Gov urged to adopt traffic light system to fix food label chaos

‘Significant improvement’ made in empowering healthier consumers
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An investigation into breakfast cereals aimed at adults has revealed that inconsistent packaging information risks misleading consumers about their sugar, salt and fat intake.

To that end, Which? is calling for traffic light food labelling to be made mandatory after Brexit to put an end to potentially misleading labels.

Many supermarket own-brands have adopted the traffic light scheme voluntarily but household names such as Kellogg’s are lagging behind, leaving consumers faced with a bewildering range of information about nutrition and portion sizes.

The consumer champion looked at a range of cereals, porridges and granolas and found they could contain more than three-quarters of the recommended daily maximum of free sugars in a portion – with the “true” sugar level not reflected on the packaging.

Consumers might also be confused by food companies changing the portion sizes on their packaging or in the case of Nestlé cereals; making it even more difficult to compare with other products by including a measure of milk in the nutritional information displayed on their front of pack labelling.

Which? believes consumers would be far better served if all manufacturers used the traffic light nutrition labelling scheme, which shows whether levels of sugar, salt and fat are high, medium or low using red, amber and green traffic light colours – and is based on the amount per 100g. This would make it easier to compare across products, regardless of the portion size suggested.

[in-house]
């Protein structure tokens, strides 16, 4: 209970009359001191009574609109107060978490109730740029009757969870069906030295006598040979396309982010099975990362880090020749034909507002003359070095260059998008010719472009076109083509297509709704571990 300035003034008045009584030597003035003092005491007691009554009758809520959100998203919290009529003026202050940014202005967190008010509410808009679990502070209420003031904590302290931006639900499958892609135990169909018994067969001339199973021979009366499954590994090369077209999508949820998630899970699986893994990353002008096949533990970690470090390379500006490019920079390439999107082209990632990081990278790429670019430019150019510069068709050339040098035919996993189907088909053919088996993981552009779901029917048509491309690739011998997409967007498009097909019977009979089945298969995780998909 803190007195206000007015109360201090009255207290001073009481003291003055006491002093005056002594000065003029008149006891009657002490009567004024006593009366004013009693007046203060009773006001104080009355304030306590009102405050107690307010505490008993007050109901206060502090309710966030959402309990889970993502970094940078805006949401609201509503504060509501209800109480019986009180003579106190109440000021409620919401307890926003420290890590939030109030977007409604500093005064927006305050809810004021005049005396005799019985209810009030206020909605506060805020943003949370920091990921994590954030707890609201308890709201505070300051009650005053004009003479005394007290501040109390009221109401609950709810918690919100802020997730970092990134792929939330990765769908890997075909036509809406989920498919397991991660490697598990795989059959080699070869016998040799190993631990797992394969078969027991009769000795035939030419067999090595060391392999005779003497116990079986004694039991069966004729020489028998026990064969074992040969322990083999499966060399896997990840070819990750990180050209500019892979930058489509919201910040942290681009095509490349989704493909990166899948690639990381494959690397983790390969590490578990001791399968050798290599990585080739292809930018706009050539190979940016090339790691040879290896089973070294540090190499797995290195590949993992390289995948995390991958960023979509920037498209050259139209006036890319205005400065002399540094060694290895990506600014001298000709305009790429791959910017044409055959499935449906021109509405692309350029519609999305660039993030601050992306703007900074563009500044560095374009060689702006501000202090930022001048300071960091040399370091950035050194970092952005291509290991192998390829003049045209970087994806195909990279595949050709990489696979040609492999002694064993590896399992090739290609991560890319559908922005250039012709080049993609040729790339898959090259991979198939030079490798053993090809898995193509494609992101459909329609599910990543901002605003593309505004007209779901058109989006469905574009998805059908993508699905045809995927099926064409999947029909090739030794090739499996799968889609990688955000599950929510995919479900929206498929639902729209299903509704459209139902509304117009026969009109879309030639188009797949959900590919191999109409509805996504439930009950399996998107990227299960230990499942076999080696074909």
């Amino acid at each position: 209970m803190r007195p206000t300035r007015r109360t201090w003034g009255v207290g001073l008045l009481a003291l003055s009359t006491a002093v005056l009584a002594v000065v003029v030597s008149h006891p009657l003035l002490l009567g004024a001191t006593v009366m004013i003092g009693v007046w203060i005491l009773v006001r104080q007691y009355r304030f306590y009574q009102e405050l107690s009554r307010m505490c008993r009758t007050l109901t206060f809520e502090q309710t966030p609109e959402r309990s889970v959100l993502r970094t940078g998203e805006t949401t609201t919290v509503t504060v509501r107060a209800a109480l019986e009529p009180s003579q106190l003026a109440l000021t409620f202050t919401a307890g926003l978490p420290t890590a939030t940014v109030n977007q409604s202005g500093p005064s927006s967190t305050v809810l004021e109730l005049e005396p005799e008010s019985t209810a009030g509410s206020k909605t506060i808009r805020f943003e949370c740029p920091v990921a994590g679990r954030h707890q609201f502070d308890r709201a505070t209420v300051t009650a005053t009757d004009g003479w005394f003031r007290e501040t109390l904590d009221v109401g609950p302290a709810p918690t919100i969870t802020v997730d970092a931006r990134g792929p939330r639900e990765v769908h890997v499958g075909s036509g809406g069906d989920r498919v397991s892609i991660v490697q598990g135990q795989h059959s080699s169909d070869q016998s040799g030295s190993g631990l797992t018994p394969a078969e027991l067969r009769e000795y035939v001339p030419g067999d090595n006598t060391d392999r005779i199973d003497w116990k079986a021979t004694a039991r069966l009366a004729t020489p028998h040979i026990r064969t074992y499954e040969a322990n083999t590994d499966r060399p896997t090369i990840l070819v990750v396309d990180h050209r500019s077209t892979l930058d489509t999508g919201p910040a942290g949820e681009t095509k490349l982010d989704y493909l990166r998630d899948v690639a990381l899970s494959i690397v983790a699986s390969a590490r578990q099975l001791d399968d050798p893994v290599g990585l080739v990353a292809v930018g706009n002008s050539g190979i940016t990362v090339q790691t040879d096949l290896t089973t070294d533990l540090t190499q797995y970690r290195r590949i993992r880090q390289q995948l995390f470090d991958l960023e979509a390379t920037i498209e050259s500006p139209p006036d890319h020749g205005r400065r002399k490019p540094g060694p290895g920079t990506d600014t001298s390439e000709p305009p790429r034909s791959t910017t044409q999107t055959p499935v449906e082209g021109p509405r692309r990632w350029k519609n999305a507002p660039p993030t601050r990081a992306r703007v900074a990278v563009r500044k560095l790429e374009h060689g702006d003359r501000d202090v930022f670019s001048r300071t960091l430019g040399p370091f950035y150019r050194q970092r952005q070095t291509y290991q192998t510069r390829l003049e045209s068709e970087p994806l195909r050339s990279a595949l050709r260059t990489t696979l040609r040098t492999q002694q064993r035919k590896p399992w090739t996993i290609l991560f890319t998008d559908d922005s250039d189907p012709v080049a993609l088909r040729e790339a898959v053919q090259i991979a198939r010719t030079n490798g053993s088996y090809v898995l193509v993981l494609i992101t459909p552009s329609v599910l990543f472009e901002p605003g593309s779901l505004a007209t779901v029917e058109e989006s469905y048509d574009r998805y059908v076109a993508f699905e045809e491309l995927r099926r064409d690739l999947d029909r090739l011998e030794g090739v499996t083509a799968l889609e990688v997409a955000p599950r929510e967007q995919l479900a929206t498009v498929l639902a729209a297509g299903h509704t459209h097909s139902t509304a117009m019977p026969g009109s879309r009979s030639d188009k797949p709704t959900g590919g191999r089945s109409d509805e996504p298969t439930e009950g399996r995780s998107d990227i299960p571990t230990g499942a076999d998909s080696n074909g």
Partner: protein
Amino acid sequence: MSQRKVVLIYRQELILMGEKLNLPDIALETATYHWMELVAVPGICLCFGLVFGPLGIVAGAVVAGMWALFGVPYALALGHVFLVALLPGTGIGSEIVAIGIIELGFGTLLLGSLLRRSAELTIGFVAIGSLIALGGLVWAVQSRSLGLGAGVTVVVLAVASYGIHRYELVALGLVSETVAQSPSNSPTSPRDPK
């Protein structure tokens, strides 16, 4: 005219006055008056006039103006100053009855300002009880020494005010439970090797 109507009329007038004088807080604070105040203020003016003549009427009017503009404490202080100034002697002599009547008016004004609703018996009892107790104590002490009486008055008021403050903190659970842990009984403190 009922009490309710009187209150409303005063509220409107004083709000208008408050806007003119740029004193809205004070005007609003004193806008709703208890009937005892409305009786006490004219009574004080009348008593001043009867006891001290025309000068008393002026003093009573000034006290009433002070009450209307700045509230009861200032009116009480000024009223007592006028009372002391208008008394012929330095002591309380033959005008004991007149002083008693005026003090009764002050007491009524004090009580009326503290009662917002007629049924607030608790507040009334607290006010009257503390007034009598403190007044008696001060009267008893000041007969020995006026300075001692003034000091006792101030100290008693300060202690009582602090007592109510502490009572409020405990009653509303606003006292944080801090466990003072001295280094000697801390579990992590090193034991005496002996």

Because of current EU rules, this kind of labelling on the front of packs is only a voluntary requirement – so some manufacturers are not using it.

Which? is calling on the Government to use Brexit as an opportunity, once EU Laws are transferred to British law, to introduce legislation that makes traffic light labelling mandatory as part of an approach based on high food standards and aimed at boosting the nation’s health and well-being.

“It is clear that the current, non-standardised food labelling system is at best confusing and at worst misleading,” said Alex Neill, Which? Managing Director of Home Products and Services.

“Helping people to compare at a glance how much sugar, salt and fat a product contains has proven to be an effective way of helping them to make healthier food choices.

“The Government must not miss this opportunity to use Brexit to make traffic light labelling a legal requirement, so consumers finally have clear information to make better and more informed choices.”